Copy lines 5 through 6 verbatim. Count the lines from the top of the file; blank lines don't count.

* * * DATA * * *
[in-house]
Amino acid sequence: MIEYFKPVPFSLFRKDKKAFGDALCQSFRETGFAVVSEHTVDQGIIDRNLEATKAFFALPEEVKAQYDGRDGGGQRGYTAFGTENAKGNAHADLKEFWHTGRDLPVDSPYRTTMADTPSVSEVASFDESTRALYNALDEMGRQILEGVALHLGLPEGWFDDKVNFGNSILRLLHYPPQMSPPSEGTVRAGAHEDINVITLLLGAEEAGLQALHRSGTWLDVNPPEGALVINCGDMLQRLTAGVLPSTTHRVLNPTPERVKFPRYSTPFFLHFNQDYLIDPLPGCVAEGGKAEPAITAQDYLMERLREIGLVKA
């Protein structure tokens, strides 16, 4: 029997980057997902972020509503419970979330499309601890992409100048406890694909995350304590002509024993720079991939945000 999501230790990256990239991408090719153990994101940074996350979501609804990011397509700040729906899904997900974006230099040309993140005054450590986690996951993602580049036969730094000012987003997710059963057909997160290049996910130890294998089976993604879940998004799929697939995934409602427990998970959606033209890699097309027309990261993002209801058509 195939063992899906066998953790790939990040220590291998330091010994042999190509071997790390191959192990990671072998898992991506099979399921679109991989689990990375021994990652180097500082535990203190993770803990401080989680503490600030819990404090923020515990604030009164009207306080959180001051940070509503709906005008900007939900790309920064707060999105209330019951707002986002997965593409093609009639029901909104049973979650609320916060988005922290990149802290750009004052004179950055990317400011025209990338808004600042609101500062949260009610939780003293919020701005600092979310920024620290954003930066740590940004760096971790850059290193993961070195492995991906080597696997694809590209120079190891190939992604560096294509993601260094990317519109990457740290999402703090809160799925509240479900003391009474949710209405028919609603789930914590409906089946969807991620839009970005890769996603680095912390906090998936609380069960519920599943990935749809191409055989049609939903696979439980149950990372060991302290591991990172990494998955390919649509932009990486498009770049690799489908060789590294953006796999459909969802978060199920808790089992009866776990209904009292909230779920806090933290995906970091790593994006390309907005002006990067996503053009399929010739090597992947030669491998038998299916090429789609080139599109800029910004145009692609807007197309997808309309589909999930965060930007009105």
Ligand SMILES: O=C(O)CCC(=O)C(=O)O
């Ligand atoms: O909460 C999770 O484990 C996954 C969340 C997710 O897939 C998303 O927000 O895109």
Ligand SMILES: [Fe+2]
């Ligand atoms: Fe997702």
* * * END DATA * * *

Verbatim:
């Ligand atoms: O909460 C999770 O484990 C996954 C969340 C997710 O897939 C998303 O927000 O895109």
Ligand SMILES: [Fe+2]